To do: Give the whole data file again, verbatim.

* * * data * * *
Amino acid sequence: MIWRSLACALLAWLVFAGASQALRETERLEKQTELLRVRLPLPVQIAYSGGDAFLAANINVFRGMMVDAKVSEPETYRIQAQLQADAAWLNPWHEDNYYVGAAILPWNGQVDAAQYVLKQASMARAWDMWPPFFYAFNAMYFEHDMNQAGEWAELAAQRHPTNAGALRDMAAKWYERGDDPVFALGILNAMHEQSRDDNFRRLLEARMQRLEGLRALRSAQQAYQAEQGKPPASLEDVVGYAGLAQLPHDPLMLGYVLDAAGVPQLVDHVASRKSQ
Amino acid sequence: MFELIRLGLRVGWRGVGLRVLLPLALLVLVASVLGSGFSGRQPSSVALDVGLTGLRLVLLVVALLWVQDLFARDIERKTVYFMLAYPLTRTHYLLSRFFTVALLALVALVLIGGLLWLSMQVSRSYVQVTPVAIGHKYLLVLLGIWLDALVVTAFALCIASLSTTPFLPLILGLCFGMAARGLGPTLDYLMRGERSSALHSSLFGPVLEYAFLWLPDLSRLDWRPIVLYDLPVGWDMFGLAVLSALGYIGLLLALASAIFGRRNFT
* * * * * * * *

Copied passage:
Amino acid sequence: MIWRSLACALLAWLVFAGASQALRETERLEKQTELLRVRLPLPVQIAYSGGDAFLAANINVFRGMMVDAKVSEPETYRIQAQLQADAAWLNPWHEDNYYVGAAILPWNGQVDAAQYVLKQASMARAWDMWPPFFYAFNAMYFEHDMNQAGEWAELAAQRHPTNAGALRDMAAKWYERGDDPVFALGILNAMHEQSRDDNFRRLLEARMQRLEGLRALRSAQQAYQAEQGKPPASLEDVVGYAGLAQLPHDPLMLGYVLDAAGVPQLVDHVASRKSQ
Amino acid sequence: MFELIRLGLRVGWRGVGLRVLLPLALLVLVASVLGSGFSGRQPSSVALDVGLTGLRLVLLVVALLWVQDLFARDIERKTVYFMLAYPLTRTHYLLSRFFTVALLALVALVLIGGLLWLSMQVSRSYVQVTPVAIGHKYLLVLLGIWLDALVVTAFALCIASLSTTPFLPLILGLCFGMAARGLGPTLDYLMRGERSSALHSSLFGPVLEYAFLWLPDLSRLDWRPIVLYDLPVGWDMFGLAVLSALGYIGLLLALASAIFGRRNFT